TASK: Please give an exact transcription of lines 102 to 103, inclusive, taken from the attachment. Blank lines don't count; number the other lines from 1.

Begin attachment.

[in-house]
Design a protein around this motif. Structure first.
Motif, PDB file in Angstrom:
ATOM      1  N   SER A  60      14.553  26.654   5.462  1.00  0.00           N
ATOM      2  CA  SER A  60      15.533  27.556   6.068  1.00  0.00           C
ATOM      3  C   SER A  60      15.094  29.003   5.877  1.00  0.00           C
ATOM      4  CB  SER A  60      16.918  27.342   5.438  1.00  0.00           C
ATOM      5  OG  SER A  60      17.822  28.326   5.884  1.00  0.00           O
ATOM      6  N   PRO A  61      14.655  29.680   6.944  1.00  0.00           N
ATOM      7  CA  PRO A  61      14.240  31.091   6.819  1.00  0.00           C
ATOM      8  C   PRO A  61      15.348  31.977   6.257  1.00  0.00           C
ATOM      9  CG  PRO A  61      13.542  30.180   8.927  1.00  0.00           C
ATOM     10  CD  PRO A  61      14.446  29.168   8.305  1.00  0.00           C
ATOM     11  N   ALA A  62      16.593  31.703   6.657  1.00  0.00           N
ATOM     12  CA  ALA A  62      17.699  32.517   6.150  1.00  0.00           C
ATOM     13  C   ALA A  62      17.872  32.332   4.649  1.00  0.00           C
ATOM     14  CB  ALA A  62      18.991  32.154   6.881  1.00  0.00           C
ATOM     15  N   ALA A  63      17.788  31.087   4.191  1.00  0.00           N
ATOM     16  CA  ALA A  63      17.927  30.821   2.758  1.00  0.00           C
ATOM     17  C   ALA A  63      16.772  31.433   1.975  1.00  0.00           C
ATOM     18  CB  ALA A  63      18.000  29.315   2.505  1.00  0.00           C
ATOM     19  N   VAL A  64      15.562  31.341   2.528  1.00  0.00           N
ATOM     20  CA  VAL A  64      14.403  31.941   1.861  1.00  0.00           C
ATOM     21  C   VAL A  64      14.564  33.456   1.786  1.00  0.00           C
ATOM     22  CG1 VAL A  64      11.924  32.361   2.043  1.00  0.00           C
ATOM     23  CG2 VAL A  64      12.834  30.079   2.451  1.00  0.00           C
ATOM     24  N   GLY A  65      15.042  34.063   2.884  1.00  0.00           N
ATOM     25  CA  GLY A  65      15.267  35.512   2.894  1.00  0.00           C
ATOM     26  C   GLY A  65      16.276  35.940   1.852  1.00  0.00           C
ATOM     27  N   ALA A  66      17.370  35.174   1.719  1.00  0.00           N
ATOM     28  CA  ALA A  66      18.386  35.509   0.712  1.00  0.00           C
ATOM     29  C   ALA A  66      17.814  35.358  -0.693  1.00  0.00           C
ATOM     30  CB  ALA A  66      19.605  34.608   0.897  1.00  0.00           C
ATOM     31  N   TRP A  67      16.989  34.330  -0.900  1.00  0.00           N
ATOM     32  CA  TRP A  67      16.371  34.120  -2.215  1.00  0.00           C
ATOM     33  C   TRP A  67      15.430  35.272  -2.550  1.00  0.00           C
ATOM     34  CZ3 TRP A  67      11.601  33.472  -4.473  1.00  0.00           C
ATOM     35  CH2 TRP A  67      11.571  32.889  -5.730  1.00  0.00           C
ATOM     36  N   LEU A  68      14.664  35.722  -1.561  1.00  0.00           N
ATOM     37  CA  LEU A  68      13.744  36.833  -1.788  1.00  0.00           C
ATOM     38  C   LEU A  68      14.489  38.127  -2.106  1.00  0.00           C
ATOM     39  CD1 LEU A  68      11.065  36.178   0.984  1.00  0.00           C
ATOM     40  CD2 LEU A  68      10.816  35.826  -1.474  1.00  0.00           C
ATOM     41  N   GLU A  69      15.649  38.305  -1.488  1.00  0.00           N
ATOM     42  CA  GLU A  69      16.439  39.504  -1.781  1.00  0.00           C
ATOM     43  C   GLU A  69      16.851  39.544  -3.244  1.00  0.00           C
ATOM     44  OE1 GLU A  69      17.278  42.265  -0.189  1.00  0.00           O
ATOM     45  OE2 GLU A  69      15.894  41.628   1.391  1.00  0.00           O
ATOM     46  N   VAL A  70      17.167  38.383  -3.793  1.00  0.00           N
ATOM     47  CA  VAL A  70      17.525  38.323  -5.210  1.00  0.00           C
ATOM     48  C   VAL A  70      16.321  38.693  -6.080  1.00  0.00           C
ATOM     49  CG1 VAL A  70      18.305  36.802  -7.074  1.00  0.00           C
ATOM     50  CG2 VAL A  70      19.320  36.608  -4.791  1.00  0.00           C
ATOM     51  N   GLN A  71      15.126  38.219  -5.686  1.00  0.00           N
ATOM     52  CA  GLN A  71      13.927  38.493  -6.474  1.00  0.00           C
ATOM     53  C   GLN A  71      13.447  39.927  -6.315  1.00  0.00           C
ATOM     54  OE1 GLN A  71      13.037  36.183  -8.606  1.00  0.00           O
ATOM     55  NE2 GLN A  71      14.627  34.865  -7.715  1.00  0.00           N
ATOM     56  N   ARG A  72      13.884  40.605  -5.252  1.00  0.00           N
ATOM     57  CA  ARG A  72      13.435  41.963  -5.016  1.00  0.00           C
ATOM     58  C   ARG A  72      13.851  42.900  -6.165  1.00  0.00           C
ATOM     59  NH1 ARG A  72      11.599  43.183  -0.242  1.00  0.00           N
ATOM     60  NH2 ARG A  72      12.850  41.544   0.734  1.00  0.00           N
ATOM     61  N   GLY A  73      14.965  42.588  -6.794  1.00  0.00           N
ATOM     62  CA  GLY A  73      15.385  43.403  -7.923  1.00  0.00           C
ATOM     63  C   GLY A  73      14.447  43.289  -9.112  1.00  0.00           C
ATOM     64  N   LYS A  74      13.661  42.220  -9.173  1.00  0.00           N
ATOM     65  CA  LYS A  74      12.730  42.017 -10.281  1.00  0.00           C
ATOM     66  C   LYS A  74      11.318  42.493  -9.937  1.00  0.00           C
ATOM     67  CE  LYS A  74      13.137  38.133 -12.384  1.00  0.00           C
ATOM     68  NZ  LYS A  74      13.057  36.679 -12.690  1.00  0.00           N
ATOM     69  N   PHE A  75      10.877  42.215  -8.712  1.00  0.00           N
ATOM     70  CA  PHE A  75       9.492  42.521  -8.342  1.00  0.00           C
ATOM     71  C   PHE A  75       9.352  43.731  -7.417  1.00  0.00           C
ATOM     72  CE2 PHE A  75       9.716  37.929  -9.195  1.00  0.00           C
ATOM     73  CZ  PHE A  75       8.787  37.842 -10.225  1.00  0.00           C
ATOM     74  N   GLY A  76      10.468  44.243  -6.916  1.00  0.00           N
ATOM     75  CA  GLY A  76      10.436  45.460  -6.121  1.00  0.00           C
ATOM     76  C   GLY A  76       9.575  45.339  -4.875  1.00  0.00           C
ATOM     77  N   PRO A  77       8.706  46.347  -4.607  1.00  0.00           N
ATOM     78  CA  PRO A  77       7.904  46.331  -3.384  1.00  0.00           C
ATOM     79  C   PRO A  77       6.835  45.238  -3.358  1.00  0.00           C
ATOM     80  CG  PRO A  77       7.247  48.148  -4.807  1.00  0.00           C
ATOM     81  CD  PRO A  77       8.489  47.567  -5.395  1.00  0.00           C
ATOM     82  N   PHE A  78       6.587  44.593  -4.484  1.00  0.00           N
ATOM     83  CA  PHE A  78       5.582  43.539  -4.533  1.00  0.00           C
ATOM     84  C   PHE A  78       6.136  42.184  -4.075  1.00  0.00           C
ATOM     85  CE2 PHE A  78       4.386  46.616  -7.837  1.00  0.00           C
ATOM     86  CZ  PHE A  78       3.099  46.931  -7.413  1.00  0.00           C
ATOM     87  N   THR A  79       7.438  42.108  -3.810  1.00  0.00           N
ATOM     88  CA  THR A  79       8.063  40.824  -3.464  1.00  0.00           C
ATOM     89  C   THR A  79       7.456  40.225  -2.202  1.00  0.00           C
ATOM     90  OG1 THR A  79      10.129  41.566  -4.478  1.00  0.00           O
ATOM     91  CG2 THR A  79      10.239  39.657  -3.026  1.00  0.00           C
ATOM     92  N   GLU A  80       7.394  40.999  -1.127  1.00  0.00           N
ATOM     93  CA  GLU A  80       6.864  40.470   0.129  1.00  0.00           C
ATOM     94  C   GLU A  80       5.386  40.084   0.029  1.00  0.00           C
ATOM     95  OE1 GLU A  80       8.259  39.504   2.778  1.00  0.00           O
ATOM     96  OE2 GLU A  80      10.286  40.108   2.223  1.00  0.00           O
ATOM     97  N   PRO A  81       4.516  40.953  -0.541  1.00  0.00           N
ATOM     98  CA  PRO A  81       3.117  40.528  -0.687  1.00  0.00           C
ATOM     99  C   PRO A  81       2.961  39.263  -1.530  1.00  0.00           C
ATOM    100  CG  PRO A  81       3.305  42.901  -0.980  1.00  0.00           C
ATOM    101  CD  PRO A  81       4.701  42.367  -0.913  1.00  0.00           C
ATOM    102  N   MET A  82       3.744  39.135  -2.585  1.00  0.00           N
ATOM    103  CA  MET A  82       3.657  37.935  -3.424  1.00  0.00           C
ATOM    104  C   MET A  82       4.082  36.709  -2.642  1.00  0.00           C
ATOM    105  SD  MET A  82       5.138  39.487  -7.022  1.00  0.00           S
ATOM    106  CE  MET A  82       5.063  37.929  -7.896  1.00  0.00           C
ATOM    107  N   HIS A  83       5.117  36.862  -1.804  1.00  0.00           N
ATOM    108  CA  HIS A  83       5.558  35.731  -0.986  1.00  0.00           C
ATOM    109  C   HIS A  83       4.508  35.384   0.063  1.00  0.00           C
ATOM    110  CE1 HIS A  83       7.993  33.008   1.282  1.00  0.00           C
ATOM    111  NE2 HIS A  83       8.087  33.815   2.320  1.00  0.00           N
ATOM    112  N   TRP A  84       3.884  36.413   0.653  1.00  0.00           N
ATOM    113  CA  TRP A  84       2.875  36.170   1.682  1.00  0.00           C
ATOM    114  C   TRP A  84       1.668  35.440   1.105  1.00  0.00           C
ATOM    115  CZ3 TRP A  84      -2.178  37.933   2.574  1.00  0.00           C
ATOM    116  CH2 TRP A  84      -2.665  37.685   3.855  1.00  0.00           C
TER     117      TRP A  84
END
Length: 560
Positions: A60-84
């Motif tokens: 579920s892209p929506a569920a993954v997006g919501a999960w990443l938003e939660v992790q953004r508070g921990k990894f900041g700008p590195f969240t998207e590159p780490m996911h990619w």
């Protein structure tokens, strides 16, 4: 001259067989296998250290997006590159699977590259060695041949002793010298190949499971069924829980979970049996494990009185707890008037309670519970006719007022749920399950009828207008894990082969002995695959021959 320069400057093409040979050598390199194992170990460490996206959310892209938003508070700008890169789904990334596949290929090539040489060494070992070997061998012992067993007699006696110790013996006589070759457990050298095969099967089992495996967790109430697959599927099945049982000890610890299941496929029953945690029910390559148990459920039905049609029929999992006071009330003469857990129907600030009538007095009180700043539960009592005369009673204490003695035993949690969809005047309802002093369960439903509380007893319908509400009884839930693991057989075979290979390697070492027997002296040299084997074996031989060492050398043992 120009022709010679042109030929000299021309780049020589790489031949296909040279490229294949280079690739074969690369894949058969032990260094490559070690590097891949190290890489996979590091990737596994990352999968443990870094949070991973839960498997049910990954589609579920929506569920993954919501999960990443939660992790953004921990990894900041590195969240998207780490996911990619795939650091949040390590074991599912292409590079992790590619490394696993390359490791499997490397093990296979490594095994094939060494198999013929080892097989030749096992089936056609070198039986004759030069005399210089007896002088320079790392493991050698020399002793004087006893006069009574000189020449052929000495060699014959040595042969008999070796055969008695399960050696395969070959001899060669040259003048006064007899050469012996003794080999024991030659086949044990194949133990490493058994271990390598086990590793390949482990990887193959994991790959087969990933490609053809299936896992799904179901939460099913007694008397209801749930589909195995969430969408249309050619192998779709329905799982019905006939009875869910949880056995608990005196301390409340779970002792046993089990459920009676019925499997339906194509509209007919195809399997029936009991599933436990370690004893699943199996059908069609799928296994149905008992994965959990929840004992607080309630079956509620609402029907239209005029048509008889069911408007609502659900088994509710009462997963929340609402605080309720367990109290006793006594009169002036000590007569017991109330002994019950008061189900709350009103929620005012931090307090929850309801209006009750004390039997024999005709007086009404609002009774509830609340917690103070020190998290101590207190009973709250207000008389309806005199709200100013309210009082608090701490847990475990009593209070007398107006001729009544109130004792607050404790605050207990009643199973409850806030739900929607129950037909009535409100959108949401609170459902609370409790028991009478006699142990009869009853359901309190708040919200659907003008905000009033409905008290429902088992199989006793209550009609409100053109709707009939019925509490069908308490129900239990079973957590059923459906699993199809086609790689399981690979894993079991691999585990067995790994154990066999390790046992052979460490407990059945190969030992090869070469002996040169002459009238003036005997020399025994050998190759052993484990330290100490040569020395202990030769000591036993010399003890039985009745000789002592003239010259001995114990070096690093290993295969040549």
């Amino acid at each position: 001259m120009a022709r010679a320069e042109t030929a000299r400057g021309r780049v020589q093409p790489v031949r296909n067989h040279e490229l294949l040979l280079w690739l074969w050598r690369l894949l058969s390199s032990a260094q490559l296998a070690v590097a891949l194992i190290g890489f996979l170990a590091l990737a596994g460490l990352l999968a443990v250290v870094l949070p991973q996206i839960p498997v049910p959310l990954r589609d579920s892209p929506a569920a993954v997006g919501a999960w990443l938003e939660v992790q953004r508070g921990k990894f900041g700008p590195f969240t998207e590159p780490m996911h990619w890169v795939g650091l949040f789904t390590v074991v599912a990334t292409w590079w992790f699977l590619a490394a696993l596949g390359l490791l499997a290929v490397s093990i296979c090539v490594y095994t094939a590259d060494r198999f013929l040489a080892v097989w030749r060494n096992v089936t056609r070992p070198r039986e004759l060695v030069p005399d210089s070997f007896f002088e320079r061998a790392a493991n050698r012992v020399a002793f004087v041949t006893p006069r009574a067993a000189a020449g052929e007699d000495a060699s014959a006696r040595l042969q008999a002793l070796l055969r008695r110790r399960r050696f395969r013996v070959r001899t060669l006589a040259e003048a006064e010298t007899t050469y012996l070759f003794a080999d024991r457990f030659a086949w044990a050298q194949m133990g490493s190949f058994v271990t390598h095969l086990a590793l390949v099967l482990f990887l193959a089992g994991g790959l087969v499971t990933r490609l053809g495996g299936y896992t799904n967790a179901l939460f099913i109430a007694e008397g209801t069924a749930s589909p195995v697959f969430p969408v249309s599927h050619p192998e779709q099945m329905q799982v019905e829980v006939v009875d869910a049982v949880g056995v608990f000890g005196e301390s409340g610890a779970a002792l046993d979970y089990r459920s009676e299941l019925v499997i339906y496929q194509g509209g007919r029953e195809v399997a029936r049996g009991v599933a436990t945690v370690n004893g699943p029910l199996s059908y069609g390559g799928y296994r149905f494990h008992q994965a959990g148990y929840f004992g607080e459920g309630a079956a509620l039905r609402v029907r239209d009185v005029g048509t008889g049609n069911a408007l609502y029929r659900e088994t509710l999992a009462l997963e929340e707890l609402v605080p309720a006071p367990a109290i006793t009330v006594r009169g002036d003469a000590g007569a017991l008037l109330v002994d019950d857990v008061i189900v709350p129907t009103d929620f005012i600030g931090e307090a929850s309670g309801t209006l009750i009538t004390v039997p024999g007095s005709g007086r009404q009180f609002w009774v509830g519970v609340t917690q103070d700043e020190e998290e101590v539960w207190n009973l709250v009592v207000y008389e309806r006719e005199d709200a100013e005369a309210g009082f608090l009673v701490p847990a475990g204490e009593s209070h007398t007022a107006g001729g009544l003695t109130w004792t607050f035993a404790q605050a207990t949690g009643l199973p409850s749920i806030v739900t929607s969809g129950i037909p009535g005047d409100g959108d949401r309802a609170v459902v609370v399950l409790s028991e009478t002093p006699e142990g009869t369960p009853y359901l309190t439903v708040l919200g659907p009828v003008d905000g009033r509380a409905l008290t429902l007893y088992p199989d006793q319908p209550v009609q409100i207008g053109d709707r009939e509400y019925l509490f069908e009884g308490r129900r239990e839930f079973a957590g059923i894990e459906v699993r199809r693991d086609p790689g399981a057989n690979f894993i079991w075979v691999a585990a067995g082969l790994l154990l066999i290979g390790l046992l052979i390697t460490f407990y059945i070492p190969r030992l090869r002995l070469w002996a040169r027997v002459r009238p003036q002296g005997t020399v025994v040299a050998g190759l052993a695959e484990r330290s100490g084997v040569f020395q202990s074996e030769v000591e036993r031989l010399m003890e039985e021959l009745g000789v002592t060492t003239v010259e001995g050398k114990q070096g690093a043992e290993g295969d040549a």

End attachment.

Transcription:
ATOM     99  C   PRO A  81       2.961  39.263  -1.530  1.00  0.00           C
ATOM    100  CG  PRO A  81       3.305  42.901  -0.980  1.00  0.00           C